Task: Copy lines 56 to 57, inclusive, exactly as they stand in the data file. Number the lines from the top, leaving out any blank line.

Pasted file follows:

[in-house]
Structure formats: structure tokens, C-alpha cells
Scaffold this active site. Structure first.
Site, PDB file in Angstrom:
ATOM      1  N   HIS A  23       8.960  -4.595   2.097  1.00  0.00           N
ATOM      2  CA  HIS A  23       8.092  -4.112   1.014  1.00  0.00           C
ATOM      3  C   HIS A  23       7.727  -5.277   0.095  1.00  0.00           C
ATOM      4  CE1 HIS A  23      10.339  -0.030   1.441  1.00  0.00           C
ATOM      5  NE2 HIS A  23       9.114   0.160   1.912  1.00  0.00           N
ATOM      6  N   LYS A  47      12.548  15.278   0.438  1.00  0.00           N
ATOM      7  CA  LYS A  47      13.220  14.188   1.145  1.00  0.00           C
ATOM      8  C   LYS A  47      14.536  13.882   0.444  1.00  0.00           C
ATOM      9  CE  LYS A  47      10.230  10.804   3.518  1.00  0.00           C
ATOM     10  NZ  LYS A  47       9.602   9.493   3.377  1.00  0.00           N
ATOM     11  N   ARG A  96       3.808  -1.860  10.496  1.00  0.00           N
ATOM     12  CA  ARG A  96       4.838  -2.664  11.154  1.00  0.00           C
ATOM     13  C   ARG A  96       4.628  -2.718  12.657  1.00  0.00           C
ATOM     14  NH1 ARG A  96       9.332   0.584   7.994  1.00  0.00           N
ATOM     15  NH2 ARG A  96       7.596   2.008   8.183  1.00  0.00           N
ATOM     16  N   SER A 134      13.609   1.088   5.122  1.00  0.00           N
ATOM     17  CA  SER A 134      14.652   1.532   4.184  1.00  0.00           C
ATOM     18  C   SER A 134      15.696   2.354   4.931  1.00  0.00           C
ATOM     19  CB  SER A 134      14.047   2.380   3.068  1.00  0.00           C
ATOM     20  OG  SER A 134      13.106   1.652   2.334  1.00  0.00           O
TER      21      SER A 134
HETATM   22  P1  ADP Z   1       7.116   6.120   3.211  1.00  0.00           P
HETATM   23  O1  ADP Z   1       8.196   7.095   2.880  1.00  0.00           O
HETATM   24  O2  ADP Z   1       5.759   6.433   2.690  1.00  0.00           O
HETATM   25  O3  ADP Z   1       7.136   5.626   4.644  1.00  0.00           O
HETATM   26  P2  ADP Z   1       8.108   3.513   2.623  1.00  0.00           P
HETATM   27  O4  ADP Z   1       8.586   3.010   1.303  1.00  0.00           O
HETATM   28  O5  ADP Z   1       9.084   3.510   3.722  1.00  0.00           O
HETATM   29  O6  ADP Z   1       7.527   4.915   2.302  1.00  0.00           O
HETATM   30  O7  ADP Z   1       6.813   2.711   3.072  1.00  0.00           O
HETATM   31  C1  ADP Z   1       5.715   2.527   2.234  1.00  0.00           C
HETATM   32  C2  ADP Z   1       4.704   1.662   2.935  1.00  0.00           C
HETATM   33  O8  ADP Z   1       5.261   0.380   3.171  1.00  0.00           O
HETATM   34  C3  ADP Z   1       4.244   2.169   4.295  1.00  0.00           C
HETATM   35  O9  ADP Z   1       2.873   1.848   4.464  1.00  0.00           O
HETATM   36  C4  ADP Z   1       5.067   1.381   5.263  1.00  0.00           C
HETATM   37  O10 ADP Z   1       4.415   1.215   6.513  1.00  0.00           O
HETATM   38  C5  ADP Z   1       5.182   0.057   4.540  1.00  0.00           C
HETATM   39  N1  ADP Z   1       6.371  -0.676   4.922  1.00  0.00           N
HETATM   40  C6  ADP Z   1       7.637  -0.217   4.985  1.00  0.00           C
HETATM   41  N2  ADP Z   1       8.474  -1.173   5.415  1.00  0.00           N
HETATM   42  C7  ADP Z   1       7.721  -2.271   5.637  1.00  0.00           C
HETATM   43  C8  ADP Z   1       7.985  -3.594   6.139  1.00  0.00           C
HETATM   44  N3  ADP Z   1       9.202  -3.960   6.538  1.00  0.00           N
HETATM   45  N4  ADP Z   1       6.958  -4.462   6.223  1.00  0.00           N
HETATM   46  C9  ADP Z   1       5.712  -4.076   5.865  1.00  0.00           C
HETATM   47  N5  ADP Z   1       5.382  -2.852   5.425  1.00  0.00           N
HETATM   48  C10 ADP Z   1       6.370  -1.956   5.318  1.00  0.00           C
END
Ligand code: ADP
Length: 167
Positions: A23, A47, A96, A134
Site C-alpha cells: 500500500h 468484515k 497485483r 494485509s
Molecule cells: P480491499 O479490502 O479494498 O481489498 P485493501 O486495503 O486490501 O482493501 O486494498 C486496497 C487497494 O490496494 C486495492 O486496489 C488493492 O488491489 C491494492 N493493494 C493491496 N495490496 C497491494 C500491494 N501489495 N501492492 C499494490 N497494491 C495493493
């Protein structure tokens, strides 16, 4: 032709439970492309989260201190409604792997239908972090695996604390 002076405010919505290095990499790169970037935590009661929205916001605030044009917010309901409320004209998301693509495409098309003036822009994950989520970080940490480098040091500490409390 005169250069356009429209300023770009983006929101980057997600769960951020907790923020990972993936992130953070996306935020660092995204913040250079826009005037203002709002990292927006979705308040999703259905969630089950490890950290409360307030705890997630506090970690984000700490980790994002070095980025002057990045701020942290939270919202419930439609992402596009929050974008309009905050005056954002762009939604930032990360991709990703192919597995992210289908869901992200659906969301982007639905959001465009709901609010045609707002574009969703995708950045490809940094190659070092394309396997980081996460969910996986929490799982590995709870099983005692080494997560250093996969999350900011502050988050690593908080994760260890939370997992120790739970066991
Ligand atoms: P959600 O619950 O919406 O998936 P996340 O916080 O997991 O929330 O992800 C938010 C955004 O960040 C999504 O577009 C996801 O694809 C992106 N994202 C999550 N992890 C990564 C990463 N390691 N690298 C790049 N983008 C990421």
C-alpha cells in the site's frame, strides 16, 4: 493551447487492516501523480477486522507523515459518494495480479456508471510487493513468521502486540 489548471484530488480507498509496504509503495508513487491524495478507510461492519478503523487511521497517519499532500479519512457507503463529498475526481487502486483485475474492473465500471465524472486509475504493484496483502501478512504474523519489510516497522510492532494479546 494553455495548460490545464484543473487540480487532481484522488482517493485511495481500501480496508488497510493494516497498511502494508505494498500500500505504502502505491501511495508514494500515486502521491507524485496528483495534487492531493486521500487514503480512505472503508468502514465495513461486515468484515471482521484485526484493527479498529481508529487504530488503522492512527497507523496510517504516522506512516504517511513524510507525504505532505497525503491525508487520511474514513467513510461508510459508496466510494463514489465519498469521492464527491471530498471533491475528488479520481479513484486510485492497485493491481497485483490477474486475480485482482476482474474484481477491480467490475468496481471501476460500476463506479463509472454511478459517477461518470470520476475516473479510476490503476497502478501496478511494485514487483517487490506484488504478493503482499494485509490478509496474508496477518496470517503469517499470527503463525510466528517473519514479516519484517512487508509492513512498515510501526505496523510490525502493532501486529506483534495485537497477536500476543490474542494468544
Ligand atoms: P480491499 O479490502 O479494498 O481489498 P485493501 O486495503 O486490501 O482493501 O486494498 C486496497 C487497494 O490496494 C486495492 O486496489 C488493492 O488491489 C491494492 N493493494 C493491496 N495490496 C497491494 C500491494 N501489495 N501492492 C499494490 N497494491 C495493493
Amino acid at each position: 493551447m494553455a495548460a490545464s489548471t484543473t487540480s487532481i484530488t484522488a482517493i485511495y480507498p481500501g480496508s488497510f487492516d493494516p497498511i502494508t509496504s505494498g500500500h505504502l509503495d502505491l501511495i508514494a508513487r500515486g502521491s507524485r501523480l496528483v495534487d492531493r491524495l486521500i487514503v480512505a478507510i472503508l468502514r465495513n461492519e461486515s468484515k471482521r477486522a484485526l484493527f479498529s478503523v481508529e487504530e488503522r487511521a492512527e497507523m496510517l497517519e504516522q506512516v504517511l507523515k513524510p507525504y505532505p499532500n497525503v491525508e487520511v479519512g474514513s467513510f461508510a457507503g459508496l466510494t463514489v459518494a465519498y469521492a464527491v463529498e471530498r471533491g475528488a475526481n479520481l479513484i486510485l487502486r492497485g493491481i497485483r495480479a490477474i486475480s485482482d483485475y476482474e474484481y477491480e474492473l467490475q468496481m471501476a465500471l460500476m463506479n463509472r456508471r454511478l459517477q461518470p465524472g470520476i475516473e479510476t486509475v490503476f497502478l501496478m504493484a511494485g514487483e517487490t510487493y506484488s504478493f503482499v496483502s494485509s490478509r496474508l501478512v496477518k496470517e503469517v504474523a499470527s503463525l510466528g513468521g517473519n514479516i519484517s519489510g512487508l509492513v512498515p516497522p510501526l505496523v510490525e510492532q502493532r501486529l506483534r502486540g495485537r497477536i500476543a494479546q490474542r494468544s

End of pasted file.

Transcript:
Positions: A23, A47, A96, A134
Site C-alpha cells: 500500500h 468484515k 497485483r 494485509s